Venezuelan journalists from private news outlets were not allowed to cover a presidential event on Monday, Aug. 6, reported El Universal.
Officials of the Venezuelan National Guard seized the camera and deleted the work of a photographer who was covering violence in a park in the city of Barinas, in southeastern Venezuela, reported the National Union of Journalists on Friday, August 3.
On Thursday, August 2, the Venezuelan National Electoral Council (CNE in Spanish) said that it would investigate two TV stations and two newspapers in the country for allegedly violating the rules of the presidential elections, which will take place in October 2012, reported the newspaper El Nacional.
The Journalism School of Columbia University in New York gave out the María Moors Cabot awards dedicated to outstanding journalists covering the western hemisphere. The 74th edition of the prizes were awarded to Teodoro Petkoff, newspaper publisher of Tal Cual in Venezuela; David Luhnow, head of the Latin American office of the The Wall Street Journal; as well as Juan Forero, correspondent for the Washington Post and of the South American NPR; and publisher and columnist Miguel Ángel Bastenier, of the newspaper El País and professor of the New Ibero-American Journalism Foundation in Colombia.
Venezuelan journalist from the TV station Venezoelana de Televisión reported being attacked by supporters of presidential candidate Henrique Capriles, reported the National Union of Venezuelan Journalists.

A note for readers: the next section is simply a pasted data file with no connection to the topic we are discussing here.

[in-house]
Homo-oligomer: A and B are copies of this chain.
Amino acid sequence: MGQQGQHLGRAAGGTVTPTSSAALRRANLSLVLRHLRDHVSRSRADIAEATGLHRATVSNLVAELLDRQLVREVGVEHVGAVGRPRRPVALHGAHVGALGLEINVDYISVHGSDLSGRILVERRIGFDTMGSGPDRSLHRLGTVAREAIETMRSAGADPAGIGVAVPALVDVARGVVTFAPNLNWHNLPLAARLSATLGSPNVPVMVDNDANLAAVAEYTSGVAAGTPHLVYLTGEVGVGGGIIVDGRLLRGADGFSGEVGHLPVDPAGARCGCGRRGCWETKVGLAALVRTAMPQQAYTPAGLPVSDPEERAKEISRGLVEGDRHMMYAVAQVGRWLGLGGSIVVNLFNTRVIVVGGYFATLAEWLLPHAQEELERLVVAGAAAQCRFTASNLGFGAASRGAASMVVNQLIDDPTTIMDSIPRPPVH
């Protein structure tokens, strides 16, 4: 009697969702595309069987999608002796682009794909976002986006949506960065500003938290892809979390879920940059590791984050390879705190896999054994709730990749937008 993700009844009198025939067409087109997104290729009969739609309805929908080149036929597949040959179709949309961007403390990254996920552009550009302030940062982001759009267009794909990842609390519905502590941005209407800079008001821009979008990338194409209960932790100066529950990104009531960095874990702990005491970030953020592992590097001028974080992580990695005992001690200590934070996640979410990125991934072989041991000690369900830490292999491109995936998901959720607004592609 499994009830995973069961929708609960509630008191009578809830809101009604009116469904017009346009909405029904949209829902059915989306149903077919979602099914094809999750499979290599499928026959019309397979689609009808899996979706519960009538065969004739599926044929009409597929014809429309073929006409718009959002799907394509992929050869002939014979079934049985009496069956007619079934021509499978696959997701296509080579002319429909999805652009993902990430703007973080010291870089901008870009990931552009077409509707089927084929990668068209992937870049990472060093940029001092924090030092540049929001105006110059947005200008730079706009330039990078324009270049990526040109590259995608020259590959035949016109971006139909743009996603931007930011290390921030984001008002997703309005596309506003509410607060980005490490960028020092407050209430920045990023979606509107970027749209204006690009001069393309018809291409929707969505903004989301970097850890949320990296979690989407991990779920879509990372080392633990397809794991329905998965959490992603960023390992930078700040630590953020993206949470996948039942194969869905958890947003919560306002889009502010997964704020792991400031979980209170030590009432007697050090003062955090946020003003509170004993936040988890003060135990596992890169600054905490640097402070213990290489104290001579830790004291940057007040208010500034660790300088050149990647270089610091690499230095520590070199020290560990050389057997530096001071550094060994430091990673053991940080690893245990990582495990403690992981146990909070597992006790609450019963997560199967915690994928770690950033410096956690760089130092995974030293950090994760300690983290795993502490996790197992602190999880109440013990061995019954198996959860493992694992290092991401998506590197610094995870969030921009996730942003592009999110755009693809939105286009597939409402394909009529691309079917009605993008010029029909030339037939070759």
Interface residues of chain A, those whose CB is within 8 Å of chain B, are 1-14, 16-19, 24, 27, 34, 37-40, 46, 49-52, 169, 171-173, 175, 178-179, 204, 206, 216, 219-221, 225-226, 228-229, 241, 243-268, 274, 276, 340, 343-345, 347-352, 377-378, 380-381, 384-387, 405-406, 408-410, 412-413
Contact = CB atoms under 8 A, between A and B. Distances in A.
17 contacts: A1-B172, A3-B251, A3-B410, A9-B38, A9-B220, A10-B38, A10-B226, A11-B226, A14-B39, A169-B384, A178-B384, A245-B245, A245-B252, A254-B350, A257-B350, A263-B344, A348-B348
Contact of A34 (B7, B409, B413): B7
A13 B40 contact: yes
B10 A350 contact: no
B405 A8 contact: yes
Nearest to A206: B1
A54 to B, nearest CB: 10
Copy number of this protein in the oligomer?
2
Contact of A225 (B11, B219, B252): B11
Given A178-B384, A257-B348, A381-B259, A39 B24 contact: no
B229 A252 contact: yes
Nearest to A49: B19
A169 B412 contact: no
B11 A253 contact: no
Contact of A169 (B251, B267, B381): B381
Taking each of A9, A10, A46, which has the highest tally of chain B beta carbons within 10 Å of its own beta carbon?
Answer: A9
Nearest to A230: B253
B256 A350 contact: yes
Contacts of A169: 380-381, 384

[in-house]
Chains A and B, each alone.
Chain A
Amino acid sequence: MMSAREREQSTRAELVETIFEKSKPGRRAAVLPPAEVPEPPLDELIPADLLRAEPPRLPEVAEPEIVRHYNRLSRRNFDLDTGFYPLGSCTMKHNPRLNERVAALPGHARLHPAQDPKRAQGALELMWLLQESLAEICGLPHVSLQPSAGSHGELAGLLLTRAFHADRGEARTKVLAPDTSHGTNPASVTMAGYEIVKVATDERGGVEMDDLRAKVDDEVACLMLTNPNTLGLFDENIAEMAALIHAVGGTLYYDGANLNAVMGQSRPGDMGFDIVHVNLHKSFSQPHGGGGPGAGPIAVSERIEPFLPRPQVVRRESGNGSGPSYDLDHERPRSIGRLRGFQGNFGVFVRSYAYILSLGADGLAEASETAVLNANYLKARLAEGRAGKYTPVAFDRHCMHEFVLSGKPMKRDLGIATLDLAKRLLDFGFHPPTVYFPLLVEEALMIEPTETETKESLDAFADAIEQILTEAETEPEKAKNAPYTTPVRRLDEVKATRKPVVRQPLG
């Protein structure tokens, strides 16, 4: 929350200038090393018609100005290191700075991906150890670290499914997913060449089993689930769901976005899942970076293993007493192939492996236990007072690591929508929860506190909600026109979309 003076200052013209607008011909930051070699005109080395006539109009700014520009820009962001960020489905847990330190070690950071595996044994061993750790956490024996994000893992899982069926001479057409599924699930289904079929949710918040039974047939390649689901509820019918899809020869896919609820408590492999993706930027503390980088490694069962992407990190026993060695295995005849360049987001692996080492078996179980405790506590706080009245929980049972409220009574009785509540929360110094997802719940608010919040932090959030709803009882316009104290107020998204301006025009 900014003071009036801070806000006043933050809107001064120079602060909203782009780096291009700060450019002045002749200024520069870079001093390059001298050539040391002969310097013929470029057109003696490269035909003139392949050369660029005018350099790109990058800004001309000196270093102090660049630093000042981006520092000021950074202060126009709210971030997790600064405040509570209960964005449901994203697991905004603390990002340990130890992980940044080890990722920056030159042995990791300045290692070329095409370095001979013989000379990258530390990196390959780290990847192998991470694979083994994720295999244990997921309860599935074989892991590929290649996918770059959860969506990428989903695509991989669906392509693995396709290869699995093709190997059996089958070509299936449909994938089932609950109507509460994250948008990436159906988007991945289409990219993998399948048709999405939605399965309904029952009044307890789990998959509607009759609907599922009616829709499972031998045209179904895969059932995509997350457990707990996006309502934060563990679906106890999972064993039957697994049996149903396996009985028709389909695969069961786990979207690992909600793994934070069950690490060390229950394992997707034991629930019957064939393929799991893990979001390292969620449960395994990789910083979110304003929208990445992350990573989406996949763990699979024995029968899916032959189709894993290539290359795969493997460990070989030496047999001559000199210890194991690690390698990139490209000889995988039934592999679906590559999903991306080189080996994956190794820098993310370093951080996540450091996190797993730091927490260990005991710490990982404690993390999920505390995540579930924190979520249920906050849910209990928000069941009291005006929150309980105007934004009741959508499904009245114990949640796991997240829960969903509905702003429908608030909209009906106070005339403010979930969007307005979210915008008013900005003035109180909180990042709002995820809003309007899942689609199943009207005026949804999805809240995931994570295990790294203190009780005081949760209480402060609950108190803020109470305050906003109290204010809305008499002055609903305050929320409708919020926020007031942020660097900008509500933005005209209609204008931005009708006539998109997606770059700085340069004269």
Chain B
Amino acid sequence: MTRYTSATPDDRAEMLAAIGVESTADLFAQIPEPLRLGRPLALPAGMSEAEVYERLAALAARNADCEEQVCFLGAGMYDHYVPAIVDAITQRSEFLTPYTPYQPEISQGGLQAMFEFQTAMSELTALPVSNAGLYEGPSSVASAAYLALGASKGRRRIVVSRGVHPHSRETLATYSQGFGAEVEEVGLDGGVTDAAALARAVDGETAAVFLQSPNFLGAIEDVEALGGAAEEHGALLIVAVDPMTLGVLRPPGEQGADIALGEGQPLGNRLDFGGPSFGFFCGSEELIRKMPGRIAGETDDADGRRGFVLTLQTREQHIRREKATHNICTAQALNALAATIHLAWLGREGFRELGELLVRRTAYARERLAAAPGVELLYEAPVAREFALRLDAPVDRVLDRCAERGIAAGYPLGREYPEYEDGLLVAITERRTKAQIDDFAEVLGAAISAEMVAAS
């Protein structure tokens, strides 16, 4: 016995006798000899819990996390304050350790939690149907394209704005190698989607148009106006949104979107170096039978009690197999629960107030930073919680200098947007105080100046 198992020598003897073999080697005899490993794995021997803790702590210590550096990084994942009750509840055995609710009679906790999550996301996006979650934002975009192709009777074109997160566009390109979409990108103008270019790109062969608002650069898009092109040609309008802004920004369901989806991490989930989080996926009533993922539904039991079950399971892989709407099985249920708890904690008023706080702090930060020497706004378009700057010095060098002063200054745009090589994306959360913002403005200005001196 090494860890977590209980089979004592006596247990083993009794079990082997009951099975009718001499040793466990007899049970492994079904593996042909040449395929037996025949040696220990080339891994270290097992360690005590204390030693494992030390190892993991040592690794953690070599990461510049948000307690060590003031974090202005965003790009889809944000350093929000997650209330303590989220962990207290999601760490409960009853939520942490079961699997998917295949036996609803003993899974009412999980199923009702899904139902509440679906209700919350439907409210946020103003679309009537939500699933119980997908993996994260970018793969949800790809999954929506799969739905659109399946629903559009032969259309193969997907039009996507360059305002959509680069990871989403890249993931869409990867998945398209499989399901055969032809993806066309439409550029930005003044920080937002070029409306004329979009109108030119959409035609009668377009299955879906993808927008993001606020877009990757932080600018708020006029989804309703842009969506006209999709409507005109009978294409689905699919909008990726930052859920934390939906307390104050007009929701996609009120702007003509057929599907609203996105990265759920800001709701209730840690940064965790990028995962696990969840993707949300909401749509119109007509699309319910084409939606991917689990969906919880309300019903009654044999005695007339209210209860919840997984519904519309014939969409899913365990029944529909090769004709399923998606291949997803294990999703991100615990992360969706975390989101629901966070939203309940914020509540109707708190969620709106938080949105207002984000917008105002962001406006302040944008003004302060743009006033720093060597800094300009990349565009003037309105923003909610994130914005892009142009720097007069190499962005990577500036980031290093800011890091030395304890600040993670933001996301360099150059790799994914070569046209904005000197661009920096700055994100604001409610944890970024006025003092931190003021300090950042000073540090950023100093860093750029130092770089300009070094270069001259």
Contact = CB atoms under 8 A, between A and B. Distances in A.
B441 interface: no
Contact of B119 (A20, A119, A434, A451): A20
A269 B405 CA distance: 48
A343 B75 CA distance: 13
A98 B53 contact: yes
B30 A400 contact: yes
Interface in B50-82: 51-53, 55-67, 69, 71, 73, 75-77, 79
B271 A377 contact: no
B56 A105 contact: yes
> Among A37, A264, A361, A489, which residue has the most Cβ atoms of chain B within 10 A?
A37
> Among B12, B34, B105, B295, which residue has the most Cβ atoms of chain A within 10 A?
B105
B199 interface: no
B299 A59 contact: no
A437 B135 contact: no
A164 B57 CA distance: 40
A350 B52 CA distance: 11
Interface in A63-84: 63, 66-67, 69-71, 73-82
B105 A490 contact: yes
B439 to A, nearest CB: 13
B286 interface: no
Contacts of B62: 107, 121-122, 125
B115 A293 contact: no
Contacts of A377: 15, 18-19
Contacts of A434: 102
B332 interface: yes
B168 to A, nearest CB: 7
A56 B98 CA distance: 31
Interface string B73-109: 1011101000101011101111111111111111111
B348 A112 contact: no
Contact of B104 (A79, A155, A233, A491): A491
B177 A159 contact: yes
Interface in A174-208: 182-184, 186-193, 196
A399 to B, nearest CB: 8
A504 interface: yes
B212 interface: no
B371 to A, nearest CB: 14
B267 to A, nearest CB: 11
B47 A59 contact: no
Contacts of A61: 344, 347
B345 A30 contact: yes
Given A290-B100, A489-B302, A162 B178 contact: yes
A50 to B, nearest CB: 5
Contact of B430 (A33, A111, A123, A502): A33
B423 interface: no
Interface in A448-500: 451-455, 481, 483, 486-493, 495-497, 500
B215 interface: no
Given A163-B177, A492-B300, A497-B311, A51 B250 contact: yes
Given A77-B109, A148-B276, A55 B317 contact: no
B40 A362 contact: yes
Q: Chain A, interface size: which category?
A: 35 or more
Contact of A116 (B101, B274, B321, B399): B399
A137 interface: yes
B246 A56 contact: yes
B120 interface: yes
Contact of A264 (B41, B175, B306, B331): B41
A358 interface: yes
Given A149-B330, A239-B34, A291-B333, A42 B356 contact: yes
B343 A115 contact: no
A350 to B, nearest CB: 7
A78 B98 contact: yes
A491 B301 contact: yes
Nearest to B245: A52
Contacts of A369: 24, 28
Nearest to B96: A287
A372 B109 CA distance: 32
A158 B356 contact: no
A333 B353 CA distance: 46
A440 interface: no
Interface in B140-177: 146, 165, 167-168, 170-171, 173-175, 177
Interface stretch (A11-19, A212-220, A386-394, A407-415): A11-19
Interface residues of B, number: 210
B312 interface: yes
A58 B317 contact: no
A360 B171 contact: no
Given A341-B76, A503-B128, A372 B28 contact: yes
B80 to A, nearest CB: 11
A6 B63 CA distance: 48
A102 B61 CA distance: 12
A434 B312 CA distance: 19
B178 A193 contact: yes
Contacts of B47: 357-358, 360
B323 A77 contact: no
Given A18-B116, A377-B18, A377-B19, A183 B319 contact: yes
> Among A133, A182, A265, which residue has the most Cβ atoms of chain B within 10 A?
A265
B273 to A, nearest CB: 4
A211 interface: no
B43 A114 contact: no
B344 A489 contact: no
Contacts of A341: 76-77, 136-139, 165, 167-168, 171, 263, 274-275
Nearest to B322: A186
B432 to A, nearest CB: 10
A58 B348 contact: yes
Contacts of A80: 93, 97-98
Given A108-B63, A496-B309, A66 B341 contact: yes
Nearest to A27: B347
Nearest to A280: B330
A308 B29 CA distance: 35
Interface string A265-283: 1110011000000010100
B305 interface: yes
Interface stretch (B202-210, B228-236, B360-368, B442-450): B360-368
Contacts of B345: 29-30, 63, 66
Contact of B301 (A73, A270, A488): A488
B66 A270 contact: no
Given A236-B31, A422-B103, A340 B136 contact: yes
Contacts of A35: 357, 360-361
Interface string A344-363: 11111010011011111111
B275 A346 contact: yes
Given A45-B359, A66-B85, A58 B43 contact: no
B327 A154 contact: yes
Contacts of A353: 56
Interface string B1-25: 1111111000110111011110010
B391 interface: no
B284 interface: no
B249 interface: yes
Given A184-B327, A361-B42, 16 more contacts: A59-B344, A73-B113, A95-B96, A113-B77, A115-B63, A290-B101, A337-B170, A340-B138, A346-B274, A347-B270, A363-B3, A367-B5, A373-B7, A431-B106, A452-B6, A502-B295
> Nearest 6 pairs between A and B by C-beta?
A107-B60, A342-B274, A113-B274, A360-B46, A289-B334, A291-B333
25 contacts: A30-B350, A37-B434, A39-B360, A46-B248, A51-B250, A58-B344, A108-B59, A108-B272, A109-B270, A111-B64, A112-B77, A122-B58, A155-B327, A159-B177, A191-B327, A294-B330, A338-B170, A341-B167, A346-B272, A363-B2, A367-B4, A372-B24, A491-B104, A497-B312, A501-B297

Between 1999, when Hugo Chávez first became President of Venezuela, and June 2012, the country's television and radio stations have been forced to broadcast 2,334 president speeches, amounting to a total of 97,561 minutes of broadcasting.
The freedom of expression situation in Venezuela has deteriorated since 2008, due to President Hugo Chávez's abundant power abuses, according to a report by the organization Human Rights Watch (HRW).
A team of reporters from the Venezuelan TV channel Televen were attacked on the afternoon of Tuesday, July 10, as shots were fired from the roof of the National Prison of Maracaibo, better known as the Sabaneta prison, in the state of Zulia.
The Inter American Press Association (IAPA) called the Venezuelan Supreme Court's decision to seize the assets of the TV station Globivisión for not paying a fee in 2011 a "blatant attack on press freedom."
On Thursday, June 28, Venezuela's Supreme Court declared an "executive embargo" on the holdings of television station Globovisión until the station pays a $5.6 million fine for covering riots at the prison El Rodeo.